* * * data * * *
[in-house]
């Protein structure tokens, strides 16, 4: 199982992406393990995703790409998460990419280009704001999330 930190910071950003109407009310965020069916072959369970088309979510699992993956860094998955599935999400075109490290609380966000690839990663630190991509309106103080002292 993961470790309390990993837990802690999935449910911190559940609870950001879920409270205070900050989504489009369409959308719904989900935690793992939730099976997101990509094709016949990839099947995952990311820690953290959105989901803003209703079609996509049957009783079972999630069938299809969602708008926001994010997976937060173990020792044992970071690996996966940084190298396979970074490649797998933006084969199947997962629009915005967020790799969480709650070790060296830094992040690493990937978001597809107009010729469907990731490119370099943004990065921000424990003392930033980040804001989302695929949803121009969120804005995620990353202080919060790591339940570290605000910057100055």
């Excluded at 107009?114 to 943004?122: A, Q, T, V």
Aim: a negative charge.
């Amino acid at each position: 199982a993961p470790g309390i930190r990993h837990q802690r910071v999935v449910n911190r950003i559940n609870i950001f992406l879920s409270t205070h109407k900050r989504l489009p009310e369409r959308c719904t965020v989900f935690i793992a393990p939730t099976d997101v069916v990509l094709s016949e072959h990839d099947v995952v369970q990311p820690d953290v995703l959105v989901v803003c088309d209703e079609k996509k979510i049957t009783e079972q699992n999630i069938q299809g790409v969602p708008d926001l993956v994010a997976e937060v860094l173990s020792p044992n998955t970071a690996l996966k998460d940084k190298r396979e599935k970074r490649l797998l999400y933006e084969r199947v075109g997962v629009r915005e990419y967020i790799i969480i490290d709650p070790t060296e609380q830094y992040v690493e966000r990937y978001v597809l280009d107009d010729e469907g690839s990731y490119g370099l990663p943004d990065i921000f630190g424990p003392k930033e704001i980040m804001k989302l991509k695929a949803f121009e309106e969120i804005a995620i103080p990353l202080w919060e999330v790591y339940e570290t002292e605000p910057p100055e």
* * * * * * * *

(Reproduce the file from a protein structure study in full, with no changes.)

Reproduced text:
[in-house]
């Protein structure tokens, strides 16, 4: 199982992406393990995703790409998460990419280009704001999330 930190910071950003109407009310965020069916072959369970088309979510699992993956860094998955599935999400075109490290609380966000690839990663630190991509309106103080002292 993961470790309390990993837990802690999935449910911190559940609870950001879920409270205070900050989504489009369409959308719904989900935690793992939730099976997101990509094709016949990839099947995952990311820690953290959105989901803003209703079609996509049957009783079972999630069938299809969602708008926001994010997976937060173990020792044992970071690996996966940084190298396979970074490649797998933006084969199947997962629009915005967020790799969480709650070790060296830094992040690493990937978001597809107009010729469907990731490119370099943004990065921000424990003392930033980040804001989302695929949803121009969120804005995620990353202080919060790591339940570290605000910057100055």
């Excluded at 107009?114 to 943004?122: A, Q, T, V």
Aim: a negative charge.
């Amino acid at each position: 199982a993961p470790g309390i930190r990993h837990q802690r910071v999935v449910n911190r950003i559940n609870i950001f992406l879920s409270t205070h109407k900050r989504l489009p009310e369409r959308c719904t965020v989900f935690i793992a393990p939730t099976d997101v069916v990509l094709s016949e072959h990839d099947v995952v369970q990311p820690d953290v995703l959105v989901v803003c088309d209703e079609k996509k979510i049957t009783e079972q699992n999630i069938q299809g790409v969602p708008d926001l993956v994010a997976e937060v860094l173990s020792p044992n998955t970071a690996l996966k998460d940084k190298r396979e599935k970074r490649l797998l999400y933006e084969r199947v075109g997962v629009r915005e990419y967020i790799i969480i490290d709650p070790t060296e609380q830094y992040v690493e966000r990937y978001v597809l280009d107009d010729e469907g690839s990731y490119g370099l990663p943004d990065i921000f630190g424990p003392k930033e704001i980040m804001k989302l991509k695929a949803f121009e309106e969120i804005a995620i103080p990353l202080w919060e999330v790591y339940e570290t002292e605000p910057p100055e």